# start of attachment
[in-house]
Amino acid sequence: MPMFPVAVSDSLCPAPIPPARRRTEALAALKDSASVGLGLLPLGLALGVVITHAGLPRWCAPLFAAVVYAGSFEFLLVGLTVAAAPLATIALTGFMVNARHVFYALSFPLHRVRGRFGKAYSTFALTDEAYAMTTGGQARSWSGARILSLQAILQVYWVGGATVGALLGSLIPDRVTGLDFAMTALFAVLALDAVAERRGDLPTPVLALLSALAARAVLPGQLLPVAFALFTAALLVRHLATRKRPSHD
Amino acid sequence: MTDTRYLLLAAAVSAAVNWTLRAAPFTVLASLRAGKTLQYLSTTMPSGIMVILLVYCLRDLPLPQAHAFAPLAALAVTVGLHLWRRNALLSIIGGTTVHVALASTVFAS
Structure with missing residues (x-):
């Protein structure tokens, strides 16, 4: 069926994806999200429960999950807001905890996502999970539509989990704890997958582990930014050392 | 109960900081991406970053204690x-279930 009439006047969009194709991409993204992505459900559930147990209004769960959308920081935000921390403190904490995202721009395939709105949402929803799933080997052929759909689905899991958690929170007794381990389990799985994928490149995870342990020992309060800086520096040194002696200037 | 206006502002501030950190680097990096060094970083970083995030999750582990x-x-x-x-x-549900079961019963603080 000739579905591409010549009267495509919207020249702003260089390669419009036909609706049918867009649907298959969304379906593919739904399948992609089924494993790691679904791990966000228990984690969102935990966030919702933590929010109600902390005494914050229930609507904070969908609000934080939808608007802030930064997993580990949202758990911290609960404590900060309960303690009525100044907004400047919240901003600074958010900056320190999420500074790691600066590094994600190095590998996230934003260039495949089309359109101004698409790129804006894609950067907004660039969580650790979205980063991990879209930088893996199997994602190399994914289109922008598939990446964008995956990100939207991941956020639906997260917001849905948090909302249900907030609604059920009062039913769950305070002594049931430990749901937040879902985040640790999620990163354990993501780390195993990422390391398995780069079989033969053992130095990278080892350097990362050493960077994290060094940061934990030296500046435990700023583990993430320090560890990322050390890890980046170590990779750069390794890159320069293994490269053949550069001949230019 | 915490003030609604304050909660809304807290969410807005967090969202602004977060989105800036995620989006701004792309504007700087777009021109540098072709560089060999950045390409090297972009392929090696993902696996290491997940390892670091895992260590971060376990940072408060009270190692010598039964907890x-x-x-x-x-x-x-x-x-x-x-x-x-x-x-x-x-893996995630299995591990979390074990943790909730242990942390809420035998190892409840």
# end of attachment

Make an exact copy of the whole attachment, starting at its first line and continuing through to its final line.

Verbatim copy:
[in-house]
Amino acid sequence: MPMFPVAVSDSLCPAPIPPARRRTEALAALKDSASVGLGLLPLGLALGVVITHAGLPRWCAPLFAAVVYAGSFEFLLVGLTVAAAPLATIALTGFMVNARHVFYALSFPLHRVRGRFGKAYSTFALTDEAYAMTTGGQARSWSGARILSLQAILQVYWVGGATVGALLGSLIPDRVTGLDFAMTALFAVLALDAVAERRGDLPTPVLALLSALAARAVLPGQLLPVAFALFTAALLVRHLATRKRPSHD
Amino acid sequence: MTDTRYLLLAAAVSAAVNWTLRAAPFTVLASLRAGKTLQYLSTTMPSGIMVILLVYCLRDLPLPQAHAFAPLAALAVTVGLHLWRRNALLSIIGGTTVHVALASTVFAS
Structure with missing residues (x-):
């Protein structure tokens, strides 16, 4: 069926994806999200429960999950807001905890996502999970539509989990704890997958582990930014050392 | 109960900081991406970053204690x-279930 009439006047969009194709991409993204992505459900559930147990209004769960959308920081935000921390403190904490995202721009395939709105949402929803799933080997052929759909689905899991958690929170007794381990389990799985994928490149995870342990020992309060800086520096040194002696200037 | 206006502002501030950190680097990096060094970083970083995030999750582990x-x-x-x-x-549900079961019963603080 000739579905591409010549009267495509919207020249702003260089390669419009036909609706049918867009649907298959969304379906593919739904399948992609089924494993790691679904791990966000228990984690969102935990966030919702933590929010109600902390005494914050229930609507904070969908609000934080939808608007802030930064997993580990949202758990911290609960404590900060309960303690009525100044907004400047919240901003600074958010900056320190999420500074790691600066590094994600190095590998996230934003260039495949089309359109101004698409790129804006894609950067907004660039969580650790979205980063991990879209930088893996199997994602190399994914289109922008598939990446964008995956990100939207991941956020639906997260917001849905948090909302249900907030609604059920009062039913769950305070002594049931430990749901937040879902985040640790999620990163354990993501780390195993990422390391398995780069079989033969053992130095990278080892350097990362050493960077994290060094940061934990030296500046435990700023583990993430320090560890990322050390890890980046170590990779750069390794890159320069293994490269053949550069001949230019 | 915490003030609604304050909660809304807290969410807005967090969202602004977060989105800036995620989006701004792309504007700087777009021109540098072709560089060999950045390409090297972009392929090696993902696996290491997940390892670091895992260590971060376990940072408060009270190692010598039964907890x-x-x-x-x-x-x-x-x-x-x-x-x-x-x-x-x-893996995630299995591990979390074990943790909730242990942390809420035998190892409840």